5. Raleigh News & Observer: The News & Observer ran a special section on Dean Smith in honor of his recent Presidential Medal of Freedom award. While you’re reading Andrew Carter’s article, don’t forget to check out the timeline of Smith’s career or his record. Smith’s mentored everyone from Eric Montross to Roy Williams to John Swofford.
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ACC Team Preview: Wake Forest Demon Deacons

Posted by Matt Patton on October 31st, 2013

Some members of the Wake Forest faithful put together money to fly a banner proclaiming “Fire Ron Wellman around BB&T Field at the beginning of October. Alas, at the last minute the air-advertisement company backed out, leaving the disgruntled fan sentiment grounded in a metaphor that seems perfect to describe Demon Deacon athletics as a whole. The hunt for Wellman’s job originally started because of his vocal support for head basketball coach Jeff Bzdelik. Bzdelik’s tenure in Winston-Salem has been abysmal (like, 1-24 on the road in conference play abysmal), but Wellman still supports him.

Wake Forest Preview 2013

Luckily, Bzdelik oozes charisma and makes great PR moves. Well maybe not. He did announce that Wake Forest won’t have a team captain this year despite having a four-year senior who has been one of the best players on the team since his freshman year. More than most jobs in the ACC, Wake Forest requires a coach that’s either willing to take a lot of risks or has that one in a million charm (put the two together, and you get the late Skip Prosser). Otherwise it’s too easy to get overshadowed by North Carolina, Duke and NC State just down the road. Bzdelik possesses none of these traits. Now it should be clear why a large portion of the fan base wants Bzdelik and Wellman gone.

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Closing Out the ACC Microsite

Posted by mpatton on April 29th, 2013

Well, it was an up-and-down year in the ACC filled with injuries, March disappointments and one season for the history books. We here at the RTC ACC Microsite loved chronicling every minute of it. We’ll still be providing periodic coverage throughout the summer, looking towards the NBA Draft and next year, but this marks the official end of the 2012-13 season for us. If you start getting nostalgic, here are some good places to start (in chronological order).

  • Preseason ACC Awards: Still riding the highs of my Michael Snaer mancrush after his transcendent performance in the 2012 ACC Tournament, he took the preseason ACC POY nod. We clearly meant Olivier Hanlan, not Rodney Purvis when we picked the consummate scoring frosh, we just didn’t know it yet. At least we finished one for three by picking Jim Larranaga to win COY.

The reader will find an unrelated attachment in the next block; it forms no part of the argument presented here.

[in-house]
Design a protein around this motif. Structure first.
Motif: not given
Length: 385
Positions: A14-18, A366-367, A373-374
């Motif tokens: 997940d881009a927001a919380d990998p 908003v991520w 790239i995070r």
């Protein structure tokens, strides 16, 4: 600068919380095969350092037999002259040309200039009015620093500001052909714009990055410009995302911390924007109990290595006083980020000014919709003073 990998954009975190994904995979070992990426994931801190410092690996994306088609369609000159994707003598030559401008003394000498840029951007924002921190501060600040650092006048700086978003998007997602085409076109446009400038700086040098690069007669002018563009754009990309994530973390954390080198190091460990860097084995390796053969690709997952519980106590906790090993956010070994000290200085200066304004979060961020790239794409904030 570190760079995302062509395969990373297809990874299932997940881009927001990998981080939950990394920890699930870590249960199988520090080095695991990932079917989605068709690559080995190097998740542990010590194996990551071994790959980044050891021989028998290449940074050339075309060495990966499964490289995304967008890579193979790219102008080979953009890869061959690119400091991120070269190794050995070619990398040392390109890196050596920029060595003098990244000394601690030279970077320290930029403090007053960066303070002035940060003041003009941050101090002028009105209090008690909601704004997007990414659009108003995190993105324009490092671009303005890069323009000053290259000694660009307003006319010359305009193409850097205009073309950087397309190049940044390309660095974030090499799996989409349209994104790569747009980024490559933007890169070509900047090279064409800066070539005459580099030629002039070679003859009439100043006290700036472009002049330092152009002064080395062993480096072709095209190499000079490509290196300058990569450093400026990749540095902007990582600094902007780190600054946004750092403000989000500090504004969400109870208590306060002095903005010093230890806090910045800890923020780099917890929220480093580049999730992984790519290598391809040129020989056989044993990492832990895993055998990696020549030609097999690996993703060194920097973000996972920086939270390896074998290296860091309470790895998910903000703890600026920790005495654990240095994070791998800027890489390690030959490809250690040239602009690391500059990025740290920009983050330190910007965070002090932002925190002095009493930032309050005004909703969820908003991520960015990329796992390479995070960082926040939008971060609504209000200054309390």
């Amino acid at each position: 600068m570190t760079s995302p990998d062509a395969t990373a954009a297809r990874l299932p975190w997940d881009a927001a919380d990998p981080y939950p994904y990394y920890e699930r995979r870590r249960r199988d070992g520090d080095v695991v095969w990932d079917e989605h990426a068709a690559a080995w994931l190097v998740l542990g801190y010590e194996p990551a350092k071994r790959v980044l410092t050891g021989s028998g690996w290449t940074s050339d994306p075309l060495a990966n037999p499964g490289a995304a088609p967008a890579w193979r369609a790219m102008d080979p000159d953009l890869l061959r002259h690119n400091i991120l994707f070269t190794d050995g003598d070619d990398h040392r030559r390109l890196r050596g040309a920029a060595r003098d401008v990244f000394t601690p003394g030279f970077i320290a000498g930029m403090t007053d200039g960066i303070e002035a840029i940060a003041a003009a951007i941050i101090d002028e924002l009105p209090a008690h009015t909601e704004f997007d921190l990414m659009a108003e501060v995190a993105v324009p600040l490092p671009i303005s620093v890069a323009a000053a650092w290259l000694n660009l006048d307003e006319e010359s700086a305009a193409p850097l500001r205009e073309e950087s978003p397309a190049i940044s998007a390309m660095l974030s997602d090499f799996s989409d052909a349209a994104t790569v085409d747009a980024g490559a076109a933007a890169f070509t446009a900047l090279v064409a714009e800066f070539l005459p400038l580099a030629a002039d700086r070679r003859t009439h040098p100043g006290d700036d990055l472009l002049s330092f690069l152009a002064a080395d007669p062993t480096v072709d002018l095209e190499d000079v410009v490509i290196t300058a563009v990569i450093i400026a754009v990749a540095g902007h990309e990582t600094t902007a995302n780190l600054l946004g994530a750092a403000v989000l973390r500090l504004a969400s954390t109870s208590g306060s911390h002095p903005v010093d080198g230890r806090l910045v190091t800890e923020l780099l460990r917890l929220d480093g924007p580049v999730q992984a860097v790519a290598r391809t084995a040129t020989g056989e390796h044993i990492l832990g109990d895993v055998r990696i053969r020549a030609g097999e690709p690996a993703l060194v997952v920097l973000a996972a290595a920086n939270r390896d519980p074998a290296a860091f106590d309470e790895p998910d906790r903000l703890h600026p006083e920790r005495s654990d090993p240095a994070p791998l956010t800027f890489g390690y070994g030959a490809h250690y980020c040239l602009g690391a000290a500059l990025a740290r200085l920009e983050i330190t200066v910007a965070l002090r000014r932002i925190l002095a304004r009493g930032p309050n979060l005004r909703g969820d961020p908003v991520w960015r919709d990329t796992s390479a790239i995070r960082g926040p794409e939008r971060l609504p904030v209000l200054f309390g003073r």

This Miami team will forever be etched in the history book of ACC greats. (Photo: Robert Mayer / USA TODAY Sports)

This Miami team will forever be etched in the history book of ACC greats. (Photo: Robert Mayer / USA TODAY Sports)

  • The Martin Report feels like forever ago, but the academic jokes from North Carolina‘s rivals won’t stop for a long time. And those questions the report danced around are still out there.
  • Akil Mitchell is the best returning frontcourt man in the ACC, and Kellen was all over it last December. Especially without the likes of Mason Plumlee, Devin Booker and Alex Len, it’s fine to pencil him onto your 2013-14 preseason All-ACC teams right now.
  • Speaking of being ahead of the curve, it took us until three days into 2013 to take note of Hanlan and his freshman teammate Joe Rahon. After one of the best rookie performances in ACC Tournament history, it’s safe to say it won’t take that long next year. Also, with Scott Wood and Seth Curry graduating, it’s hard to see much competition for best shooter in the ACC.

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ACC M5: 04.05.13 Edition

Posted by mpatton on April 5th, 2013

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  1. State of the U: Miami filed a 45-page motion for the NCAA to dismiss all charges against the university due to the NCAA’s questionable actions during the investigation (which have already resulted in multiple firings at several levels of the NCAA enforcement staff). Miami is officially not going away, no matter how much the NCAA wants it to. Between USA Today‘s recent blitzkrieg of Mark Emmert, the Miami fiasco and what I expect to be substantial fallout from any NCAA reaction to Miami, look for the NCAA to have a new person at its head in the near future.